Testicular Cancer – Cancer of the Young

Testicular cancer is the most common cancer in men between the ages of 12 and 50.  At a time when most men don’t want to admit that they may be ill it attacks. In 2007 there were approximately 7500 new cases diagnosed and approximately 350 who died from the disease.  This is actually more deaths of men than women who die from breast cancer each year.

If it’s found early testicular cancer is very treatable and has a high survival rate.  In order to find the cancer early you must perform a self examination each month and have an annual examination by a physician.  Your doctor can provide you with self examination instructions.  Other symptoms that a man can be aware of are a heavy feeling in the testicles or groin, a dull ache in the groin or abdomen, a lump in the testicles and any hard, non-sensitive lumps.

There are two basic types of testicular cancers — seminoma and nonseminomas.  The Seminoma is made of a single type of cell and makes up approximately 40% of the testicular cancers that are diagnosed.  The NonSeminoma cancers consist of several different cell types and make up approximately 60% of the different cancers diagnosed.

Testicular cancer is known as the young man’s cancer.  After motor vehicle accidents and suicide it is the leading cause of death in men between 15 and 44.  Because early testicular cancer has little to no symptoms it’s important for men to do self-examinations monthly.

The purpose of the testicular exam is to familiarize yourself with the size, shape and texture of the testicles.  The exam is best done in the shower or bath because when warm the testicles will hang further from the body and the skin will be softer.

If a man detects a lump or bump in the testicle then a simple non-invasive ultrasound can be used to examine the size, density and shape of the testicles and find any other masses in the scrotum.

Some of the risk factors for developing this condition include undescended testicles, a personal history of testicular cancer, family history, occupation, HIV infection, race and age.  This is one of only several disease conditions where a young age places the individual at a higher risk for developing the disease than being older.  In fact, men prior to puberty or into old age have a significantly lower risk of developing testicular cancer than do men between 15 and 50.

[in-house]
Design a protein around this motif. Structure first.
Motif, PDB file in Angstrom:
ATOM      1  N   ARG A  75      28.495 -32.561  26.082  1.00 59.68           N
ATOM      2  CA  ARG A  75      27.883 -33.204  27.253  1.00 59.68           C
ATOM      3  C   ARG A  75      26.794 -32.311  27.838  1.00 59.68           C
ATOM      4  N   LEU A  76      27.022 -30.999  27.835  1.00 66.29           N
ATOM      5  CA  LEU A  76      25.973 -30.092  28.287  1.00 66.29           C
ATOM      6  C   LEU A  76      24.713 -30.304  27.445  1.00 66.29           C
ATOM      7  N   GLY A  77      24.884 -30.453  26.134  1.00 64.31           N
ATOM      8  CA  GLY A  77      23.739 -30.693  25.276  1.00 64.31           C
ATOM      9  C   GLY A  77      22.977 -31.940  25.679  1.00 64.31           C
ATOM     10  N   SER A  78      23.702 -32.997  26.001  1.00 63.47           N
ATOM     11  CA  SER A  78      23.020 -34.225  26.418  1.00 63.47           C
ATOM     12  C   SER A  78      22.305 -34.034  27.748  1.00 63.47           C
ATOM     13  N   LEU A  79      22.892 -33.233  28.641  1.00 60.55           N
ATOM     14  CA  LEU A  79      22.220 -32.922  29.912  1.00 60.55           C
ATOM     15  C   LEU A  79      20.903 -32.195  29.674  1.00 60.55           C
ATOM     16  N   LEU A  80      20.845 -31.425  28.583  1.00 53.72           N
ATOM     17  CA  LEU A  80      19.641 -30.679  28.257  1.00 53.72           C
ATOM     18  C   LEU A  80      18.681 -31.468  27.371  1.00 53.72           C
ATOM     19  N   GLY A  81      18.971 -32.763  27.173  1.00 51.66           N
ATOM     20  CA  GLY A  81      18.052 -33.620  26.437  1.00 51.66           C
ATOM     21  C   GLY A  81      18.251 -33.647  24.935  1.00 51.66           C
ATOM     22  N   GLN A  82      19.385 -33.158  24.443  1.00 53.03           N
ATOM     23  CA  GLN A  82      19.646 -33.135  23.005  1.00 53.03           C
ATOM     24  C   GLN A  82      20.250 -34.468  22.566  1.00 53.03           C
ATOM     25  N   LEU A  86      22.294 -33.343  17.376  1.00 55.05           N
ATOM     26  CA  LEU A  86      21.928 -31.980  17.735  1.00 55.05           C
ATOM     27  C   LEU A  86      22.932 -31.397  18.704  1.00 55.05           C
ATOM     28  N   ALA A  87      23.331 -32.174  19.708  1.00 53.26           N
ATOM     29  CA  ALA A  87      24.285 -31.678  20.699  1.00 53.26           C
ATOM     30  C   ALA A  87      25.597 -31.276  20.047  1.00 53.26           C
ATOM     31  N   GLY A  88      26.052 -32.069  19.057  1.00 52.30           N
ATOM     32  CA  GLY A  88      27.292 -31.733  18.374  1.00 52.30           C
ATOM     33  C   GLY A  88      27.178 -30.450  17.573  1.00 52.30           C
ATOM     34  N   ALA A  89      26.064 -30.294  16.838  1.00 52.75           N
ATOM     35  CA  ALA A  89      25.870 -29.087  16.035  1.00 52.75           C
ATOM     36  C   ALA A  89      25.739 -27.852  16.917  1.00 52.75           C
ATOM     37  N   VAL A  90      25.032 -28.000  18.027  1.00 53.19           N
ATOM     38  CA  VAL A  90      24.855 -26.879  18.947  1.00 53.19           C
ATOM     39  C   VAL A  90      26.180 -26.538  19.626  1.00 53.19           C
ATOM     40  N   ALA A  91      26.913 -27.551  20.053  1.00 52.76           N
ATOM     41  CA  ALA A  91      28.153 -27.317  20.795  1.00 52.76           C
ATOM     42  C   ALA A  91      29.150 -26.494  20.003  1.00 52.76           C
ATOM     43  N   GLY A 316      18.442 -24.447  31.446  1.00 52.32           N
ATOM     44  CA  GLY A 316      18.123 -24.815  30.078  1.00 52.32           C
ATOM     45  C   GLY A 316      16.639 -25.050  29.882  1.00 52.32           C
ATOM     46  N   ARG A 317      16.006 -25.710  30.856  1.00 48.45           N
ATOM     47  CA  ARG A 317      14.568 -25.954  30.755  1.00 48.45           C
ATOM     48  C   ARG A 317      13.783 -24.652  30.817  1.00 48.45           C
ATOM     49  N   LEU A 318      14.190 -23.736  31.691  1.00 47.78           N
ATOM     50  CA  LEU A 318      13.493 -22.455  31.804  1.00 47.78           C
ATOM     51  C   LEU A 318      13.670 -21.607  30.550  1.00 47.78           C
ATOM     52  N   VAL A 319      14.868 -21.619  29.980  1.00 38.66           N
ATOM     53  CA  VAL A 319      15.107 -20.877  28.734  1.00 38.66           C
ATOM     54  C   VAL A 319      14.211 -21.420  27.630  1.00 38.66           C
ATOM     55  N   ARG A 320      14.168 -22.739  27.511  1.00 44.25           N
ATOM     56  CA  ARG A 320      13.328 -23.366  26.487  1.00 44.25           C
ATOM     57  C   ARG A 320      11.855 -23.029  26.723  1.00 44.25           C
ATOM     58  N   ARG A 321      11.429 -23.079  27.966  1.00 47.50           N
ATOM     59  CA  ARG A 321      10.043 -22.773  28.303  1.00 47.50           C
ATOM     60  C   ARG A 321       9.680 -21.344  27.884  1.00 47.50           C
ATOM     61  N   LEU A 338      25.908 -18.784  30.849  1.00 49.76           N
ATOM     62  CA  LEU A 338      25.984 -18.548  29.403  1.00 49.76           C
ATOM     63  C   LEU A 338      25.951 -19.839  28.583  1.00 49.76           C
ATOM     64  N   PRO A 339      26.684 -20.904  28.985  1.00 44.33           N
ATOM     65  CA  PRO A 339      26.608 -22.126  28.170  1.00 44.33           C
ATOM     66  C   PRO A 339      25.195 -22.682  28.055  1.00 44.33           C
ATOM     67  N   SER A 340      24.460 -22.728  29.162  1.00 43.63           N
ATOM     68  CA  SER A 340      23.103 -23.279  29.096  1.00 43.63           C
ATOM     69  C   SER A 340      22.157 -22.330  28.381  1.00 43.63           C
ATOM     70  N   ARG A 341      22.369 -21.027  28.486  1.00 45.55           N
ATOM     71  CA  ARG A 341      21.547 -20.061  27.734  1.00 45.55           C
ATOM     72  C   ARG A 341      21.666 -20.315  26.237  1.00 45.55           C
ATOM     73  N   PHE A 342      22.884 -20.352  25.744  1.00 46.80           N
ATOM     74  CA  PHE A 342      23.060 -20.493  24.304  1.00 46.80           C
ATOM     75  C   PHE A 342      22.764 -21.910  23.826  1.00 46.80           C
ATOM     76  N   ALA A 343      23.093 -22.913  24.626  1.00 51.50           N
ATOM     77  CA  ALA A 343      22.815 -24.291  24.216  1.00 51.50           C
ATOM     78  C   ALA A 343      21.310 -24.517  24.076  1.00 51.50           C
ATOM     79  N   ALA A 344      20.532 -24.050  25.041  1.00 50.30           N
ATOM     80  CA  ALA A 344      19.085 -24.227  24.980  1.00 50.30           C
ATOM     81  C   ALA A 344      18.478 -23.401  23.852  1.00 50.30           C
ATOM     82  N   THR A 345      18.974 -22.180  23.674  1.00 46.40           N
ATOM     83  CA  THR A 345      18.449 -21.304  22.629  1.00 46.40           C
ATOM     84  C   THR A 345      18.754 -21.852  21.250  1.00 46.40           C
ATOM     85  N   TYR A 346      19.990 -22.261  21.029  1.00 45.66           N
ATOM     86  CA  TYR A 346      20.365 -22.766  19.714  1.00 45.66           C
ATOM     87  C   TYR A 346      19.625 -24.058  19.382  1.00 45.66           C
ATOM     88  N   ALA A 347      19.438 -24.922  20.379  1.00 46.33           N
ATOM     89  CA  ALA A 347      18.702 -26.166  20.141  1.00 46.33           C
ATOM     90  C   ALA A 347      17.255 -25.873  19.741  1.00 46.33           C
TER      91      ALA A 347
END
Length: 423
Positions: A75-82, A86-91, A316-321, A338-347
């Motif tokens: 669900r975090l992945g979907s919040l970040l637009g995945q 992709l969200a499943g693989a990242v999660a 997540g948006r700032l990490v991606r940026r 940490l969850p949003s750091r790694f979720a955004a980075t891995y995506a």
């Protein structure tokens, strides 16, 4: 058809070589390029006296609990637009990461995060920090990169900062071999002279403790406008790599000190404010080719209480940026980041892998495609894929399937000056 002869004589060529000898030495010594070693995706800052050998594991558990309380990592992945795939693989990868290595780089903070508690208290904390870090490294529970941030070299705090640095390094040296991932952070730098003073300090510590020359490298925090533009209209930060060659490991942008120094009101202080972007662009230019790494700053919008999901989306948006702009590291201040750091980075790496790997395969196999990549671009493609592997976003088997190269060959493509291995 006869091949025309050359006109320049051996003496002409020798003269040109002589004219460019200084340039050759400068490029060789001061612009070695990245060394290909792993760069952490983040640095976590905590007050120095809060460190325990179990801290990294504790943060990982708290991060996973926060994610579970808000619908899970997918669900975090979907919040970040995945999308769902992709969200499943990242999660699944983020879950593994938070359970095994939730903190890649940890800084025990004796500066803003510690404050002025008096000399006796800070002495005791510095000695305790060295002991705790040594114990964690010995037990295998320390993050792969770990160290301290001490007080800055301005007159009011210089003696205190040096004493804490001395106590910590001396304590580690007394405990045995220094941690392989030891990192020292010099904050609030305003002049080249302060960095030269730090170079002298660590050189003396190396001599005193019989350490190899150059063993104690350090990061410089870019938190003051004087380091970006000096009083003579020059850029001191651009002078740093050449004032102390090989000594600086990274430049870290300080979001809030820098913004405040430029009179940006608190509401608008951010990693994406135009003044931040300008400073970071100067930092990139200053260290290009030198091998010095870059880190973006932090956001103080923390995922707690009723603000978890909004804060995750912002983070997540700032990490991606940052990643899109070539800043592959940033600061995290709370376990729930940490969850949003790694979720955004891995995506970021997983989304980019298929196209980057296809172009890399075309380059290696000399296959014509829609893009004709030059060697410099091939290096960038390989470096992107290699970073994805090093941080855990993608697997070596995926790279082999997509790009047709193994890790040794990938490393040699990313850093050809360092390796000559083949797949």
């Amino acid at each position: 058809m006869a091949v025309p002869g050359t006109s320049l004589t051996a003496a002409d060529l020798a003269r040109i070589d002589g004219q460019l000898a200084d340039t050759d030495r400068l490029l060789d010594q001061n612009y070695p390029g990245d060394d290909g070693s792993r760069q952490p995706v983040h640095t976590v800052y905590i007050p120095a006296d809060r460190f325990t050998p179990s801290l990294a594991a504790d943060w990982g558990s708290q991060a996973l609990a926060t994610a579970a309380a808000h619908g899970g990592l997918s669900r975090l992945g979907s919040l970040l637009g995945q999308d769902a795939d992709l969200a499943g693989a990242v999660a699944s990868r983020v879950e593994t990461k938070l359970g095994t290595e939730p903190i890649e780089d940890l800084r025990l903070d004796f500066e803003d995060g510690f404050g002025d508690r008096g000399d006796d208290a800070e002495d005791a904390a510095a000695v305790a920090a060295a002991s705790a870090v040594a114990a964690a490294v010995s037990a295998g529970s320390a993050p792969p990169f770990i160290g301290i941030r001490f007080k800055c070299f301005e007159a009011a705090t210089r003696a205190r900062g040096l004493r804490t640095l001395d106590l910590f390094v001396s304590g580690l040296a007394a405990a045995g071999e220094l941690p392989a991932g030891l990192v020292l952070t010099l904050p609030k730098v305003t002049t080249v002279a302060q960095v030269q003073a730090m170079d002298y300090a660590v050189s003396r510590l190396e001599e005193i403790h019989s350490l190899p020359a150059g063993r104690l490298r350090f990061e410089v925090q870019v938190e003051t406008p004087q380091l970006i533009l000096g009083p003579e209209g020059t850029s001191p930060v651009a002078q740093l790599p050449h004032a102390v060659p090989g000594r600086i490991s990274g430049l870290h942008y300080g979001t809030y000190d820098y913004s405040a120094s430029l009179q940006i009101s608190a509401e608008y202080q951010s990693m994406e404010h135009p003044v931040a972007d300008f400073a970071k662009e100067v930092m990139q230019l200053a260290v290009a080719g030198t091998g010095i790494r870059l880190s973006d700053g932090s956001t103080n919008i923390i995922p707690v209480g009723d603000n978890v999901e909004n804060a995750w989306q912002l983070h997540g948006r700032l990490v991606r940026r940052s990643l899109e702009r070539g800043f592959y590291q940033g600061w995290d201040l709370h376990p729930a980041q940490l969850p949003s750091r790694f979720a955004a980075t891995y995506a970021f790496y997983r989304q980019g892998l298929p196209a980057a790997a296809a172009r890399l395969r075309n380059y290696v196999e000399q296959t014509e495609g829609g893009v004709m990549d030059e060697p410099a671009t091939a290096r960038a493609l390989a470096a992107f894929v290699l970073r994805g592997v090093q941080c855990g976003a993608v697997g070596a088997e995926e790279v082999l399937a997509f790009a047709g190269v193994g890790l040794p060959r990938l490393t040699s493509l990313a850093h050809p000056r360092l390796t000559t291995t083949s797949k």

Research from the UK has found that testicular cancer affects 1 in 450 men before the age of 50.  They have found that the number of cancers that have been diagnosed in the past 20 years has doubled and approximately 2,000 new cases are diagnosed each year.

Testicular cancer is now also one of the most curable cancers diagnosed in men.  Approximately 90% make a full recovery.  The treatment includes removal of the affected testicle and if the cancer hasn’t been found to spread then no further treatment may be necessary.  Removal of the affected testicle may cause emotional trauma to the man but it doesn’t affect their sexual performance or their ability to have children.

With adequate self-examination leading to early detection and treatment most men are able to go on to lead a normal and healthy life.


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